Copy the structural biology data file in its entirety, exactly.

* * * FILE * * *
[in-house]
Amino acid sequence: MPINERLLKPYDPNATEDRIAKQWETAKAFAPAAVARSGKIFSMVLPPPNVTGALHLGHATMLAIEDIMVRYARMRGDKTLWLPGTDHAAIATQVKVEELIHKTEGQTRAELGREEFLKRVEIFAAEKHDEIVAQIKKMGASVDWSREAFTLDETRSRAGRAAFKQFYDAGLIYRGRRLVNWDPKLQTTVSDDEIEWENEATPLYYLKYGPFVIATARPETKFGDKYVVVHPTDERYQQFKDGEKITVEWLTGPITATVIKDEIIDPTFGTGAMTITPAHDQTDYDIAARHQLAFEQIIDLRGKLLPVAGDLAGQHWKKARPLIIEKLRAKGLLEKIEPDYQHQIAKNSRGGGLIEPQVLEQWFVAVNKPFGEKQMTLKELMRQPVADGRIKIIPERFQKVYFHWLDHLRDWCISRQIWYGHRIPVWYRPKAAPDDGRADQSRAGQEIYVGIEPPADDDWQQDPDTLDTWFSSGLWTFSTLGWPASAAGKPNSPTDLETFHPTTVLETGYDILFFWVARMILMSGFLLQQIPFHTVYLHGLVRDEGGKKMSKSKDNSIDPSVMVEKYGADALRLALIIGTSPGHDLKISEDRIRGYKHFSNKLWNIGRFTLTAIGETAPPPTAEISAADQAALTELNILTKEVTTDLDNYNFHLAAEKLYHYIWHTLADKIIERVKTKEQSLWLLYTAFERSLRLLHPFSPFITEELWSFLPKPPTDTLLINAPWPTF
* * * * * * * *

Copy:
[in-house]
Amino acid sequence: MPINERLLKPYDPNATEDRIAKQWETAKAFAPAAVARSGKIFSMVLPPPNVTGALHLGHATMLAIEDIMVRYARMRGDKTLWLPGTDHAAIATQVKVEELIHKTEGQTRAELGREEFLKRVEIFAAEKHDEIVAQIKKMGASVDWSREAFTLDETRSRAGRAAFKQFYDAGLIYRGRRLVNWDPKLQTTVSDDEIEWENEATPLYYLKYGPFVIATARPETKFGDKYVVVHPTDERYQQFKDGEKITVEWLTGPITATVIKDEIIDPTFGTGAMTITPAHDQTDYDIAARHQLAFEQIIDLRGKLLPVAGDLAGQHWKKARPLIIEKLRAKGLLEKIEPDYQHQIAKNSRGGGLIEPQVLEQWFVAVNKPFGEKQMTLKELMRQPVADGRIKIIPERFQKVYFHWLDHLRDWCISRQIWYGHRIPVWYRPKAAPDDGRADQSRAGQEIYVGIEPPADDDWQQDPDTLDTWFSSGLWTFSTLGWPASAAGKPNSPTDLETFHPTTVLETGYDILFFWVARMILMSGFLLQQIPFHTVYLHGLVRDEGGKKMSKSKDNSIDPSVMVEKYGADALRLALIIGTSPGHDLKISEDRIRGYKHFSNKLWNIGRFTLTAIGETAPPPTAEISAADQAALTELNILTKEVTTDLDNYNFHLAAEKLYHYIWHTLADKIIERVKTKEQSLWLLYTAFERSLRLLHPFSPFITEELWSFLPKPPTDTLLINAPWPTF